7 years later
(Burgess, December 16th, 2012)
She put the daisies on the frozen ground, in front of the big grey stone and sighed.
“I miss you J..” she whispered, and lay her hand on the surface that had been having its fight with wind and weather. The letters were still readable, and her eyes, and fingers, followed the golden, crumbled structures.
“Here lies Jeremy Goodwill.
A beloved son and brother, taken away far too early.
12/1-2001 – 14/1-2006.”
She sighed again and sniffed.
“It’s really not fair, you know; first you, then mom. You all leave me. And for what? You’re probably in heaven having a great time, while I’m stuck in hell on earth. I need you. I don’t know how much longer I can stay around here. No one ever talks to me. It’s like I don’t..”
her voice cracked, and she had to swallow a couple of times before she could continue;
“It’s like I don’t even exist anymore. I’m just a shadow.”
While she had talked, tears had started making their way down her red cheeks. She didn’t even try to hide it. She was sad. She had been for a long time. She was lonely, though surrounded by people all day. Her new parents gave her everything she wanted, but they couldn’t really ever give her what she needed. Sure they did love her, but not quite enough and not quite in the right way. She was more like a doll they would dress up and show off, to friends and foes. They were not her real family, and she knew that. She loved them, of course she did, or, at least she pretended to, when they had guests. They had taken care of her, when everybody had seemed to give up on her. She had been so closed since her mother had passed away, and no one could really figure out what was going out in her mind. Sometimes, she didn’t even know herself. What she did know was that her imagination and beliefs was far more intimidated than most of her age, but when you had been through, what she had, then who could really blame her for seeking peace in her imagination, where everything was perfect for her, and she never needed to worry about anything else, than waking up.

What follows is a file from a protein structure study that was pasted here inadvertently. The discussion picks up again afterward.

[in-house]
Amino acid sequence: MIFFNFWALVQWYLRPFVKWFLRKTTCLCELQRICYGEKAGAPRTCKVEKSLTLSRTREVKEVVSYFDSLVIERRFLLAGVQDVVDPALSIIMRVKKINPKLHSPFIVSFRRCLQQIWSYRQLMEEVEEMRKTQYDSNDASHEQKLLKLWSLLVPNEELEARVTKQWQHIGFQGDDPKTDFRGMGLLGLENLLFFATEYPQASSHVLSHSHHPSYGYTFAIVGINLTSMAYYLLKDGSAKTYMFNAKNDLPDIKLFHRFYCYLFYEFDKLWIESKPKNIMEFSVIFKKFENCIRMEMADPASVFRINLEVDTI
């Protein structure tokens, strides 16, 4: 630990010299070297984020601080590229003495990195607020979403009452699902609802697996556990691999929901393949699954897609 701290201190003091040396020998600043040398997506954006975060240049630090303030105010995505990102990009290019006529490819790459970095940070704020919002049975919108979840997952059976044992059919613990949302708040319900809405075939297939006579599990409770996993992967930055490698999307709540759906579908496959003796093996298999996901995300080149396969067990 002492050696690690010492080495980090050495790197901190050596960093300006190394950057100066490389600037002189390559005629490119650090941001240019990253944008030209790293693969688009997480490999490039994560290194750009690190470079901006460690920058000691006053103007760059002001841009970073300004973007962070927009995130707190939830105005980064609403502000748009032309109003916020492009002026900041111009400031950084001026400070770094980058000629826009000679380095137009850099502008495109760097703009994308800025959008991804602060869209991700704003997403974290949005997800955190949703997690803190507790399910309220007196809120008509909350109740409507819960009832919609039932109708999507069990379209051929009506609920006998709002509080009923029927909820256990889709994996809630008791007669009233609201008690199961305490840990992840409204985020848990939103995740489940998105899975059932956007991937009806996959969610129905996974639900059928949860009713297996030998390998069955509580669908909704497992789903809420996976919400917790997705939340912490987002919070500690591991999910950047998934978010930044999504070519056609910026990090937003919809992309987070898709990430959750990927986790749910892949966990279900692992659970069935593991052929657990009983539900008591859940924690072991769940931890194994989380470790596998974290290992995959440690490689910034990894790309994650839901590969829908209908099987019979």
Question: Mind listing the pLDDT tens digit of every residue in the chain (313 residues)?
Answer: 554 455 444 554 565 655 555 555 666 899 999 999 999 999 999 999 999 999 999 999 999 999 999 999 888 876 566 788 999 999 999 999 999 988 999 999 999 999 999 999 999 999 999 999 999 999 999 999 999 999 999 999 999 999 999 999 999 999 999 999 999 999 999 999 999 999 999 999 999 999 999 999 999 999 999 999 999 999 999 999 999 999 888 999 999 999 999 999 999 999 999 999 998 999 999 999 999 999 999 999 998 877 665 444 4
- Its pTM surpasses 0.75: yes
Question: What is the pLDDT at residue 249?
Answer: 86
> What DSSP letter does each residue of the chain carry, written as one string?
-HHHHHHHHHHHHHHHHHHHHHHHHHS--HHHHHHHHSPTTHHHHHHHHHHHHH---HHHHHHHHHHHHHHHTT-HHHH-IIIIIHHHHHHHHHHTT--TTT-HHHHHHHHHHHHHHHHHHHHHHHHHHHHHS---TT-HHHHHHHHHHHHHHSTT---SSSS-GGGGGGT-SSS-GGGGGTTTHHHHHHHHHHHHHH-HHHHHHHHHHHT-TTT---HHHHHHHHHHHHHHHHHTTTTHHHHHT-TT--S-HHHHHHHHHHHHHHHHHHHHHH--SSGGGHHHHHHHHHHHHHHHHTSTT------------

She got off of the ground and looked at the stone with sad eyes. Her mom didn’t have a stone, as she had not had money in any banks and Charlie never found out where she hid their money. Therefore, Charlie couldn’t afford a big stone for her mother too, but she had gotten help to get a nice burial for her instead.
“I miss you both terribly..” she mumbled, as she looked into the ground, and then turned around to leave.
She walked towards the wooden gate that made it for the entrance to the graveyard, and didn’t look back. It would take her forever to leave if she looked back again, and she knew it. Had she just looked back, she would have seen the shadow behind the tree, not more than 10 feet from her; A shadow that watched her every move, with a curious interest.
She slammed the door in the hallway, to let Mr. and Mrs. Dreason know that she was back home. She never called them mom and dad, cause that would be a lie.
“Charlie, is that you?” Mr. Dreason called from the living room. Who else would it be? Charlie thought to herself but bit her tongue before the words escaped her mouth. Instead, she took of her shoes and coat, before entering the big room, where Mr. and Mrs. Dreason had been sitting all day, she believed. If they hadn’t, they would have returned to where she had left them; Mrs. Dreason in front of the TV, that was turned on and showed the lamest reality shows (That Mr. Dreason would call a waste of time and Charlie never argued that) and with a magazine in her hand, where she tried to find out everything about the celebrities and anything that could make her seem more interesting at the next trip to the hair saloon, and Mr. Dreason behind the computer, where he would spend hours after hours on work. He was a salesman and could always be found either by the computer or by the phone, having a heated conversation with a new interested buyer.
“Hello sweetheart!” Mrs. Dreason said, having just lifted her head to see if it really was Charlie who walked in. As she talked, her eyes again found the magazine.
“Where have you been?” Mr. Dreason said with a strange I-really-don’t-care-much-right-now-voice, and he still had his eyes glued to the screen in front of him.
“Nowhere,” Charlie bit him off, and walked through the room, into the hallway on the other side and made her way up the stairs, to her room. She didn’t need to tell them anything about what she was doing. They didn’t even care about her anyways, so why bother trying to act like they did?
She threw herself on the bed with a huge sigh. They didn’t care about her, so she didn’t care about them, simple as that. Luckily, she had so much more to care about, books, for example, and looking at stars and at the moon. Oh, the moon. When it was full, she would sit up for hours on hours watching it. She always tried to find The Man in the Moon, but she had never found him.
She turned around to lie on her stomach, and dragged her pillow to lie underneath her chin. She looked out through the window; it was far too early for the stars to come out, and even too earlier for the moon to show. She sighed again. It was winter and close to Christmas but not much snow yet.
“Don’t you dare not showing this year,” she mumbled into the empty room. “Don’t you dare letting me down like everybody else.”
She sat up and looked at her walls. They were covered in pictures of star collections and paintings of mythical creatures and texts about the same. The words “Old King Winter” stood out in the middle, just underneath the name “Jack Frost”, which hung on the wall just above her bed. She let her fingers run over it, just like with the stone on the graveyard.